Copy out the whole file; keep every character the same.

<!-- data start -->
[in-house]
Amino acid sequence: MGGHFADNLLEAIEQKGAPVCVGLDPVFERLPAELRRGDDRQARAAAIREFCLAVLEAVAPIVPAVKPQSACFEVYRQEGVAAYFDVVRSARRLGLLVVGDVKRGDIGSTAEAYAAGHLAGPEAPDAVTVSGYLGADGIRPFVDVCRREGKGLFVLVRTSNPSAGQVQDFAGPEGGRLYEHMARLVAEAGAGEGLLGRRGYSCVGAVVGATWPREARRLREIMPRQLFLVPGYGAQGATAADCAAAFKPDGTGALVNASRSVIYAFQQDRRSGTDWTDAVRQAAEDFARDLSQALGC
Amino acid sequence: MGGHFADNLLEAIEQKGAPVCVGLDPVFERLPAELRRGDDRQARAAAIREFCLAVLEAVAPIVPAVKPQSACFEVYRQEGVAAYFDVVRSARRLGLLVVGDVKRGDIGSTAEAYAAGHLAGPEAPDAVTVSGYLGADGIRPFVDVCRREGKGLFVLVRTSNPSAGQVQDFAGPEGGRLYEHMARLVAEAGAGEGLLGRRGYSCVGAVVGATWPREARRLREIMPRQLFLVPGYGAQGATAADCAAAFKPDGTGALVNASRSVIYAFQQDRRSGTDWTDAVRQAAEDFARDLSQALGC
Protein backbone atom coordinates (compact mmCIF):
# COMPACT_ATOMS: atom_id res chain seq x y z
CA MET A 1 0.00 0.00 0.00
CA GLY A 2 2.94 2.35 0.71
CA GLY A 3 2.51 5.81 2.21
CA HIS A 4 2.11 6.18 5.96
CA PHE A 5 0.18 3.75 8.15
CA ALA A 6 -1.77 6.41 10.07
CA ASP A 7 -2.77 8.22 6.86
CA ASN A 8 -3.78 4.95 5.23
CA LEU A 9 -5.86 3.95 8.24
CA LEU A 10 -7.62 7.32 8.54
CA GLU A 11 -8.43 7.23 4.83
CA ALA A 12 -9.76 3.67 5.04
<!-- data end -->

[in-house]
Amino acid sequence: MGGHFADNLLEAIEQKGAPVCVGLDPVFERLPAELRRGDDRQARAAAIREFCLAVLEAVAPIVPAVKPQSACFEVYRQEGVAAYFDVVRSARRLGLLVVGDVKRGDIGSTAEAYAAGHLAGPEAPDAVTVSGYLGADGIRPFVDVCRREGKGLFVLVRTSNPSAGQVQDFAGPEGGRLYEHMARLVAEAGAGEGLLGRRGYSCVGAVVGATWPREARRLREIMPRQLFLVPGYGAQGATAADCAAAFKPDGTGALVNASRSVIYAFQQDRRSGTDWTDAVRQAAEDFARDLSQALGC
Amino acid sequence: MGGHFADNLLEAIEQKGAPVCVGLDPVFERLPAELRRGDDRQARAAAIREFCLAVLEAVAPIVPAVKPQSACFEVYRQEGVAAYFDVVRSARRLGLLVVGDVKRGDIGSTAEAYAAGHLAGPEAPDAVTVSGYLGADGIRPFVDVCRREGKGLFVLVRTSNPSAGQVQDFAGPEGGRLYEHMARLVAEAGAGEGLLGRRGYSCVGAVVGATWPREARRLREIMPRQLFLVPGYGAQGATAADCAAAFKPDGTGALVNASRSVIYAFQQDRRSGTDWTDAVRQAAEDFARDLSQALGC
Protein backbone atom coordinates (compact mmCIF):
# COMPACT_ATOMS: atom_id res chain seq x y z
CA MET A 1 0.00 0.00 0.00
CA GLY A 2 2.94 2.35 0.71
CA GLY A 3 2.51 5.81 2.21
CA HIS A 4 2.11 6.18 5.96
CA PHE A 5 0.18 3.75 8.15
CA ALA A 6 -1.77 6.41 10.07
CA ASP A 7 -2.77 8.22 6.86
CA ASN A 8 -3.78 4.95 5.23
CA LEU A 9 -5.86 3.95 8.24
CA LEU A 10 -7.62 7.32 8.54
CA GLU A 11 -8.43 7.23 4.83
CA ALA A 12 -9.76 3.67 5.04